Court of Appeal: No Post Termination Commissions for You

Here are the facts as stated by the court:

Defendant hired plaintiff as a sales representative on October 4, 1999. On that date, the parties entered a written employment agreement, which provided (among other things) that: (1) plaintiff was responsible for web-hosting sales; (2) plaintiff‟s starting salary was $24,000 per year, plus commissions of 4 percent "on all direct initial sales"; (3) defendant "will be eligible for commission pay as set forth in this [document], so long as [plaintiff] remains employed with the Company as a Sales Representative"; and (4) the employment agreement "may be amended only by a written agreement executed by each of the parties hereto."

In April 2001, defendant promoted plaintiff to "Channel Manager." The parties entered a new oral agreement that provided (among other things) that: (1) plaintiff‟s salary was increased to $75,000 per year, and (2) plaintiff would receive commissions of "„20% of the up front costs‟ revenues on all accounts brought in by [plaintiff] or through [plaintiff‟s] contacts or efforts."

So, the plaintiff was later fired and sought commissions for a transaction that occurred after he left, but which was (at least according to him) was "through plaintiff's contacts or efforts."

The court made short work of the plaintiff's argument that he was entitled to post-termination commissions. On plaintiff's breach of contract claim, the court held:

We agree with defendant that, on its face, the italicized language is reasonably susceptible to only one interpretation—that once plaintiff ceased to be employed by defendant, he would no longer be eligible for commission pay. While plaintiff could have relied on extrinsic evidence (if there were such evidence) to suggest an alternative meaning of this provision, he did not do so. (Compare Wolf v. Superior Court (2004) 114 Cal.App.4th 1343, 1358 ["[T]his extrinsic evidence of trade usage exposed a latent ambiguity in the contract language and presented an alter[n]-ative interpretation to which the term „gross receipts‟ was reasonably susceptible in the circumstances."].) Accordingly, we conclude as a matter of law that the written employment agreement precludes plaintiff from collecting additional commissions post-termination.

On the plaintiff's claim under the Labor Code, the court said that although commissions are wages:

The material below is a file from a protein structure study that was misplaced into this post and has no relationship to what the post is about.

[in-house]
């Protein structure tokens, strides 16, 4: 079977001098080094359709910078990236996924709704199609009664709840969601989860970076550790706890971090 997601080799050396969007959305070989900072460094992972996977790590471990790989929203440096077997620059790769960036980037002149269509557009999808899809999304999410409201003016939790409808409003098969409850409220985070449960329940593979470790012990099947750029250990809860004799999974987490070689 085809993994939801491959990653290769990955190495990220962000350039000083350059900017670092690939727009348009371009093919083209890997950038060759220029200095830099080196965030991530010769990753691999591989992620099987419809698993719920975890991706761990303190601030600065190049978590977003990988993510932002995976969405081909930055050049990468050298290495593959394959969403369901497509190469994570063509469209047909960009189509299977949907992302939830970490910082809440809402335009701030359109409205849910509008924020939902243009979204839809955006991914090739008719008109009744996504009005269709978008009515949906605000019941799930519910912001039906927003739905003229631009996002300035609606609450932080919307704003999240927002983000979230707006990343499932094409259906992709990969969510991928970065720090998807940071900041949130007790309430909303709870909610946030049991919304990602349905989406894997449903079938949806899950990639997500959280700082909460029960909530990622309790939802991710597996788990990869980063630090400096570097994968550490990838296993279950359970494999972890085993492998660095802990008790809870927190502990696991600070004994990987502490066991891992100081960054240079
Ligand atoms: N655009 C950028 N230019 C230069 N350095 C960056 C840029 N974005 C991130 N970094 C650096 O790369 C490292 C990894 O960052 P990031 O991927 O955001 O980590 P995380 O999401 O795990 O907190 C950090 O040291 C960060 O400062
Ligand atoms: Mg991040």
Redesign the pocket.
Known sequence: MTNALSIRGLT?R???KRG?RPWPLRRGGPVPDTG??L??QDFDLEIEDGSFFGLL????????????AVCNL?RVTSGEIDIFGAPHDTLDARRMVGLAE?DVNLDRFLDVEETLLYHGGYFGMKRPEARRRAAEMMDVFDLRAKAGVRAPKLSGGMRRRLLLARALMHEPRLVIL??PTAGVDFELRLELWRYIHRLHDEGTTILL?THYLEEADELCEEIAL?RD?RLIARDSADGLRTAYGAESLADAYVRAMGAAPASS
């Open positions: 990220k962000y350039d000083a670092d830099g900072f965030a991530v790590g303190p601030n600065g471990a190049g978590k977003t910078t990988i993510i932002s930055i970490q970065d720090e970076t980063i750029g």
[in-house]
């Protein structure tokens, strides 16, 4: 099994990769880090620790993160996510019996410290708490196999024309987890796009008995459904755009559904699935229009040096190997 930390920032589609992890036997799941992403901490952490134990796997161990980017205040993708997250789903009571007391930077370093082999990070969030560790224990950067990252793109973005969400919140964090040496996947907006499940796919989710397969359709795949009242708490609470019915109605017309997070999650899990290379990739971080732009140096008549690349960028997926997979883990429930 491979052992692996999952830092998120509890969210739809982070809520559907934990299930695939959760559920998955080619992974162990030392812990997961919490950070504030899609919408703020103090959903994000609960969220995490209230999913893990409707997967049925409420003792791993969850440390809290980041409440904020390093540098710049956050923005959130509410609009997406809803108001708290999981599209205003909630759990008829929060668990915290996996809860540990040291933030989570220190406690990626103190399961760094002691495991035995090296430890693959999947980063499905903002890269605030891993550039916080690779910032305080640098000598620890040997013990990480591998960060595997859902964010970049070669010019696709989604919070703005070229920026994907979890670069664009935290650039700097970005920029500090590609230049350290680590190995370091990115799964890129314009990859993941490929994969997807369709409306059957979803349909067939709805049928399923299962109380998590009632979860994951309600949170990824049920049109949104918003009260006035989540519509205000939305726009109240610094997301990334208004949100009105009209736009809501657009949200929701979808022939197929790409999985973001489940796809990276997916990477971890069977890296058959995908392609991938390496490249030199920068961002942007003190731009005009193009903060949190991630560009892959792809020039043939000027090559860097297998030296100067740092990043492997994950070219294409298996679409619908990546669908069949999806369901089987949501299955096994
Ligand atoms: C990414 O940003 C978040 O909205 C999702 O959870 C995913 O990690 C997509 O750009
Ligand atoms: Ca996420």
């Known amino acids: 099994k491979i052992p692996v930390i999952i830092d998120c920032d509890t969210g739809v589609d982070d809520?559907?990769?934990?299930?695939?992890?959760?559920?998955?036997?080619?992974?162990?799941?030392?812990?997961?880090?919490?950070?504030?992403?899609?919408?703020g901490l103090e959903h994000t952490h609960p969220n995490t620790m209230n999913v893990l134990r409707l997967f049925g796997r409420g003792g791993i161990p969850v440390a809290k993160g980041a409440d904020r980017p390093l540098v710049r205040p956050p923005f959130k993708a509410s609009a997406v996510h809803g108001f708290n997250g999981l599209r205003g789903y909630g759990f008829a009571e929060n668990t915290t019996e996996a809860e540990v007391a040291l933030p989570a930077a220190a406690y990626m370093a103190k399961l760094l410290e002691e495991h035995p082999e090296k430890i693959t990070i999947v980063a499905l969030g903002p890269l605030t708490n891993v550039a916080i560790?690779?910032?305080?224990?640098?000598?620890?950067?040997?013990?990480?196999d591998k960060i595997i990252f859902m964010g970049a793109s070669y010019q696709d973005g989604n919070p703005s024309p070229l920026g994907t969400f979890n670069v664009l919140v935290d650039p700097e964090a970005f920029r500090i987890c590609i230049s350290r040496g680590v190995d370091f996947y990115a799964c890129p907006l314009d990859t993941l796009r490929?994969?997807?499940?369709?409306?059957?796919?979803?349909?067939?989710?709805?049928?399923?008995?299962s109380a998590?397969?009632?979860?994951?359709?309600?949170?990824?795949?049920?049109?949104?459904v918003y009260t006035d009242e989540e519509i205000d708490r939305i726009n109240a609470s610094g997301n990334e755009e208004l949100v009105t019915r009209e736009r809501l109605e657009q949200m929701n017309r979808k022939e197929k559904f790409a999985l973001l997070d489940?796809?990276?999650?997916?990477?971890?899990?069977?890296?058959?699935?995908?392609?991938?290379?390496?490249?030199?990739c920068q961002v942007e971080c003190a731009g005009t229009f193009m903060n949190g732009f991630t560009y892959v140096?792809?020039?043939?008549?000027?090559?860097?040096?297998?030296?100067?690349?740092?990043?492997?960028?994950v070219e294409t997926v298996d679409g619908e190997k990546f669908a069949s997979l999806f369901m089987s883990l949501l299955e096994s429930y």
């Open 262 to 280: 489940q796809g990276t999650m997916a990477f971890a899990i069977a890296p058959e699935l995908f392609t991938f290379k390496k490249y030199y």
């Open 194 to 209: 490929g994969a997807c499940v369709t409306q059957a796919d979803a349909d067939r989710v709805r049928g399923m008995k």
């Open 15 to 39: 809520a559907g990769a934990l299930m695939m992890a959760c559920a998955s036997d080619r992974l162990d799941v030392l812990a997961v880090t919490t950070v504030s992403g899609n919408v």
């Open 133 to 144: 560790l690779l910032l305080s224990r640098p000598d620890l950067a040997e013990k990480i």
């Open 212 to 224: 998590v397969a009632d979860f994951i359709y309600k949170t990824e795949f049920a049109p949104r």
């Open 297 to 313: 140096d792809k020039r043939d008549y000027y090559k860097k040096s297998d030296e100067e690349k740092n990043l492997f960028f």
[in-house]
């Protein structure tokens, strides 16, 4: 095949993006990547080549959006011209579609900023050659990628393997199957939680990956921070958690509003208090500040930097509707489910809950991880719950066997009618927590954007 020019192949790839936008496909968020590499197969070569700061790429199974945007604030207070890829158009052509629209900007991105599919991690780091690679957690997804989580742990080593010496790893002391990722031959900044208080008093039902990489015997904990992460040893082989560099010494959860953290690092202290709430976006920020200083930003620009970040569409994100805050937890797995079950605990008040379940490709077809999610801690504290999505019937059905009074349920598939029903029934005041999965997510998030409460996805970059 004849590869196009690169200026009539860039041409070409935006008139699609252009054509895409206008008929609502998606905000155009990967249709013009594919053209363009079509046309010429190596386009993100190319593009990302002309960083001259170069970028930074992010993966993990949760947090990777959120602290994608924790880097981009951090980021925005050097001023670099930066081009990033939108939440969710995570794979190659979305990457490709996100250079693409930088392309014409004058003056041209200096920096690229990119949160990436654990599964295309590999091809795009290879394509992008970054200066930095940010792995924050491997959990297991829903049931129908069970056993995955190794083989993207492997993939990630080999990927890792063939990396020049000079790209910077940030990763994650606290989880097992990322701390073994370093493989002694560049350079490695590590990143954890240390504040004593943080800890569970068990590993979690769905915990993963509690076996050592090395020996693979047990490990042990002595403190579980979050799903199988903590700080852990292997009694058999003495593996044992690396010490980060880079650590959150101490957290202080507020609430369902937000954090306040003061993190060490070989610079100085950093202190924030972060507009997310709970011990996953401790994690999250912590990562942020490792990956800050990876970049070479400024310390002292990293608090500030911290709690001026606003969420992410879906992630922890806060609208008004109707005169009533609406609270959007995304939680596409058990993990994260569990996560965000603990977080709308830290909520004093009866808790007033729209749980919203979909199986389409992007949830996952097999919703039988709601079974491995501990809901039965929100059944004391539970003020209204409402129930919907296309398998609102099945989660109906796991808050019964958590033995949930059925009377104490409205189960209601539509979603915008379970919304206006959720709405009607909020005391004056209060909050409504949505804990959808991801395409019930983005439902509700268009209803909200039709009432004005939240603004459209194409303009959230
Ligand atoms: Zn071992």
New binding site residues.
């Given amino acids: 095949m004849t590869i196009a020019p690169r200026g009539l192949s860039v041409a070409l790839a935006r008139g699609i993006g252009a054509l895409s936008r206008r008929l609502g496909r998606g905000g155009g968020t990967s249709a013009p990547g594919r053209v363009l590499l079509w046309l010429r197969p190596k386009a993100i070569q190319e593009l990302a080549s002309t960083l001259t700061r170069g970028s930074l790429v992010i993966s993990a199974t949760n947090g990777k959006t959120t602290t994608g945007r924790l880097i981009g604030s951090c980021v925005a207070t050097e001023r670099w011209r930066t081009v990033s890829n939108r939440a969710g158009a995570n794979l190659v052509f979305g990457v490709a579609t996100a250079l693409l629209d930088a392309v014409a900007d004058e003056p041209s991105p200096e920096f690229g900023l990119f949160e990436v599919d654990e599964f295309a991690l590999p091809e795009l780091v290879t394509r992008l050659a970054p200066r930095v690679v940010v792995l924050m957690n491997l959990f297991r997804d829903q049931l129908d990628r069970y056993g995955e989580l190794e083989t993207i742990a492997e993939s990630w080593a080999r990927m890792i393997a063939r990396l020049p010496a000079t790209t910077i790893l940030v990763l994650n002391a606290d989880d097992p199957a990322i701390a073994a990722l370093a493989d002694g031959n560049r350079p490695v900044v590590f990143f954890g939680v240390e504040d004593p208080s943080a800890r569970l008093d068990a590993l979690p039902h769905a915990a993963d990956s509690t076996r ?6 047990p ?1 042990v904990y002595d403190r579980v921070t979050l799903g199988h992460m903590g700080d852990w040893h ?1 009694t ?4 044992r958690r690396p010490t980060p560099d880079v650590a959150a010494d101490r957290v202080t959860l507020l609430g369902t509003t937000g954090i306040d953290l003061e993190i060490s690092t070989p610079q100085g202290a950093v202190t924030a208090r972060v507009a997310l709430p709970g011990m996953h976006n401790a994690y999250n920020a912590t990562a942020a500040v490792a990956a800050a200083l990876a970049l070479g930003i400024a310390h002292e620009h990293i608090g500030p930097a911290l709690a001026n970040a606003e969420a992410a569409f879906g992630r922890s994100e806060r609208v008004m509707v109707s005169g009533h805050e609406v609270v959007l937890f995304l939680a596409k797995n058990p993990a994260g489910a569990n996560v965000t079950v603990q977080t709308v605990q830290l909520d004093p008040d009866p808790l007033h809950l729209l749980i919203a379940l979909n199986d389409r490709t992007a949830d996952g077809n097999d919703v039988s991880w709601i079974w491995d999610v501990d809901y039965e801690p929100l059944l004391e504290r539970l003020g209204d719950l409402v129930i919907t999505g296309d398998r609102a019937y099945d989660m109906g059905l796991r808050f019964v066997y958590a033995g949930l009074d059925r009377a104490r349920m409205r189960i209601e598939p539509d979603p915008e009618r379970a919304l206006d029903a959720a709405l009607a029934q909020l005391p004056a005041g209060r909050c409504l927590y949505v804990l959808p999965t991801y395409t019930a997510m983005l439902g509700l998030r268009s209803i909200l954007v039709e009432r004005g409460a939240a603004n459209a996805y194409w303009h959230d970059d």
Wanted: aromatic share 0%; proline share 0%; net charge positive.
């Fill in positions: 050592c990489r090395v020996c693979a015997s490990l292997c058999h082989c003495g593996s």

for purposes of enforcing the provisions of the Labor Code, "[t]he right of a salesperson or any other person to a commission depends on the terms of the contract for compensation." (Koehl v. Verio, Inc. (2006) 142 Cal.App.4th 1313, 1330; see also Steinhebel, at p. 705 ["contractual terms must be met before an employee is entitled to a commission"].) Accordingly, plaintiff‟s right to commissions "must be governed by the provisions of the [employment agreement]." (Steinhebel, at p. 705.) We have already concluded that, pursuant to the plain language of the written employment agreement, plaintiff was not entitled to any further commissions after he was terminated. Accordingly, defendant‟s failure to pay such commissions cannot constitute a violation of the Labor Code.
The court did not consider whether the commission contract was "unconscionable" because it was not pleaded. So, that door remains open in commission cases. However, the court also did not consider the question of whether commissions were "earned" before termination and therefore should have been paid. Presumably, that issue was not argued by the plaintiff. If your plaintiff makes this argument, this case could be distinguishable.

Finally, there is the argument that the employer fired the employee to avoid paying unpaid commissions. But the plaintiff waived that argument too. So, because this case was not as vigorously litigated as it might have been, be careful before you rely on it too heavily. On the other hand, the courts will enforce straightforward commission plans that contain contingencies on the right to payment, such as continued employment.

The case is Nein v. Hostpro, Inc. and the opinion is here.